The legal sector continues to go through the most aggressive digital transformation in recent memory. The demand for digital services is disrupting traditional law firms, and change can’t come quickly enough. Digital transformation is no longer a choice. If law firms don’t find technological and automated solutions soon, competitors will render them outdated.
On the opposing side of the urgent need is an unfavorable buying process. CIOs are under tremendous pressure to make snap decisions, and suppliers hold an advantage given the lack of software familiarity in firms. Also, an objectionable bias exists on market comparison sites. The unfortunate result is poor software choices, disastrous implementations, ongoing compounding problems, and even a loss of jobs for those responsible for procuring failed tech.
The turbulence in the industry means that mistakes come with a heavy price, and competitive advantages are lost in an increasingly impatient market. Olive provides a solution that means you don’t have to sacrifice due diligence for a quick result and you are not just shown solutions that pay to influence you. You get technology products that fit your practice!
Choosing the Right Legal Research Software
Olive appreciates that the process is a nightmare, and law firms are in a vulnerable buying position. Equally, it is understood that legal research is morphing with pioneering AI solutions varying wildly on price, automation, and even how up-to-date the analysis provided is.
As the ABA continues to approve new legal research software, companies like WestLaw, LexisNexis, ROSS Intelligence, and Casemaker give competitors a boost everyday. The need for firms to catch is ever more pressing.
Nevertheless, the process for making the right decisions is crucial. Follow our six steps to choosing the right legal research software for your firm, and you won’t go wrong.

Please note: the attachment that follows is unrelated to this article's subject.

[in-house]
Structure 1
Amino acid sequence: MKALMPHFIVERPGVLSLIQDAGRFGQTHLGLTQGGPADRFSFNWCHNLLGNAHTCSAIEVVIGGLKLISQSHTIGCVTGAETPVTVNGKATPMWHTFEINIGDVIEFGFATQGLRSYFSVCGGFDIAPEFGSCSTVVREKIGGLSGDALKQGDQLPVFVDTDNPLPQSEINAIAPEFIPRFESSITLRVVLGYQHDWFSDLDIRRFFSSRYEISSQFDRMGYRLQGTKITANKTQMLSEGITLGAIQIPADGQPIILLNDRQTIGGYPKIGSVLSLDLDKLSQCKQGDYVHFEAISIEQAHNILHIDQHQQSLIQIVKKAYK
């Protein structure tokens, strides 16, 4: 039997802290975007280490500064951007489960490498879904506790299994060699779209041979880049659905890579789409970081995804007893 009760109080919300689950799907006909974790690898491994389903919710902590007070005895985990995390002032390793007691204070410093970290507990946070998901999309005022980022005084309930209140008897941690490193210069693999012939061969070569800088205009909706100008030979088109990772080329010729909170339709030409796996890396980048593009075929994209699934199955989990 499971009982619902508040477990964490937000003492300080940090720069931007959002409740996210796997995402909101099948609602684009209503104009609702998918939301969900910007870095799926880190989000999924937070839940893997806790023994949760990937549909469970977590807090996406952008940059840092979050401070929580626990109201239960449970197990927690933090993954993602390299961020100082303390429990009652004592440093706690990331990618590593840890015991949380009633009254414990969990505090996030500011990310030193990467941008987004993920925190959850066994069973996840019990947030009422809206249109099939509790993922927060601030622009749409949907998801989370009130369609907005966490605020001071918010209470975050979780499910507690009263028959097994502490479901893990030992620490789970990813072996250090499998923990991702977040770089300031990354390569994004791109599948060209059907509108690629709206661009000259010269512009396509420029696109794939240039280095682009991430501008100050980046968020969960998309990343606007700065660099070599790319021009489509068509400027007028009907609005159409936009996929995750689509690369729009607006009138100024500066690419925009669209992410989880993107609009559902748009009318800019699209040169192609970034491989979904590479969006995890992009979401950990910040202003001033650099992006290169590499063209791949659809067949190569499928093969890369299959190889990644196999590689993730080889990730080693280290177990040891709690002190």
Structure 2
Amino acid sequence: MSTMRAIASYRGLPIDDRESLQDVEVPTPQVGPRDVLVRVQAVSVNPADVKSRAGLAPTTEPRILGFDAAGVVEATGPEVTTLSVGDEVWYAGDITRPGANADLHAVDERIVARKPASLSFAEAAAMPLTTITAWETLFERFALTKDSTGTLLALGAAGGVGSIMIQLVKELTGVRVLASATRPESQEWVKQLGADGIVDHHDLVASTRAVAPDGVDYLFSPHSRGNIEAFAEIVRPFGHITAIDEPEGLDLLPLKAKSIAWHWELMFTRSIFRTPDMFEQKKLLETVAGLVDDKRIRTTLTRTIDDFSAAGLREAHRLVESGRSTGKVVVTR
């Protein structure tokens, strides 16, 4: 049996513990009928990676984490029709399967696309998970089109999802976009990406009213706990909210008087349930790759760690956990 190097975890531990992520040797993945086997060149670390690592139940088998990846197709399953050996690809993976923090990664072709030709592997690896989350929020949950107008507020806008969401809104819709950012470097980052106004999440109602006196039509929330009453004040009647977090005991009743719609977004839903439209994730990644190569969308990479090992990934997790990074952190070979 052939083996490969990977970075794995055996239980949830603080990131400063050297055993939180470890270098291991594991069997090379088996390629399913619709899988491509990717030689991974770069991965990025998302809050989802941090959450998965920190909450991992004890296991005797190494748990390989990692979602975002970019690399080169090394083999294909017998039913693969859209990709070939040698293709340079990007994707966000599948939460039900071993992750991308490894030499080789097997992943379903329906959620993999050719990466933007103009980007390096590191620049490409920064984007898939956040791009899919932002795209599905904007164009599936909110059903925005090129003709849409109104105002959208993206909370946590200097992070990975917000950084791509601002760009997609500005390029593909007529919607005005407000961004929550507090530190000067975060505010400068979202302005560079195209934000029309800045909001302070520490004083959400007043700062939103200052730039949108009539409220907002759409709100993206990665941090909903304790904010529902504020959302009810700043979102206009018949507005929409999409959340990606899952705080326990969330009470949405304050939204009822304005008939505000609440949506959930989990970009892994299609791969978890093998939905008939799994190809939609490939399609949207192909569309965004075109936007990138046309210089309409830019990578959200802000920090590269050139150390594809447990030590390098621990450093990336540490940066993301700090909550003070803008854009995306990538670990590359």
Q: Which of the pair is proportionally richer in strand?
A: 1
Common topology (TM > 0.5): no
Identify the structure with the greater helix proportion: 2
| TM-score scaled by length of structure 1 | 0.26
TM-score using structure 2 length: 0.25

List Your Specific Needs and Goals
The legal research tools of today are utterly astonishing, from those capable of interpreting non-legalese searches to those that issue real-time alerts for emerging case law.
However, what matters most is what you need from your research tool. Fancy features are impressive, but they don’t always augment your firm’s ability. Analyze your process to understand what you need. Furthermore, involve your team in the decisions.
Getting the buy-in of your team is essential further down the line when it comes to implementation. No matter who the attorney, they need to be heard and served by your software to be worth it.
Top questions to ask when selecting legal software:
- What is your current research process?
- What exact abilities will your software need?
- Will you need access to statewide or federal case law?
- Are your lawyers fluent in the legal terminology, or is a modified tool necessary?
- Is software that only covers US Code, Constitution, and Statute enough, or will you need case notes and even strategies?
Rank Your Requirements
If needed, map out your typical case strategy preparation path and any additional requirements you encounter. List every avenue the firm uses for the research process and how often you use them because step 2 is to rank your requirements.
Which research methods, tools, and avenues are most critical to your cases? Again, engage the whole team and anyone who will rely on this software to make decisions. You need a “best-fit for all solution,” not a “fits some and not others.” Rank your list in order of priority and highlight the non-negotiables.
Survey the Market Options
Armed with criteria you need to satisfy, you are in a much stronger position to find options.
In this step, cast your line as far as you can to find as many likely suitors as possible and set aside the vendors that don’t serve your purpose. Add them to the list of potentials even if they are new to the market and don’t go too in-depth. Undoubtedly your search will include Google but look further afield to Gartner, Forrester and even ask other firms.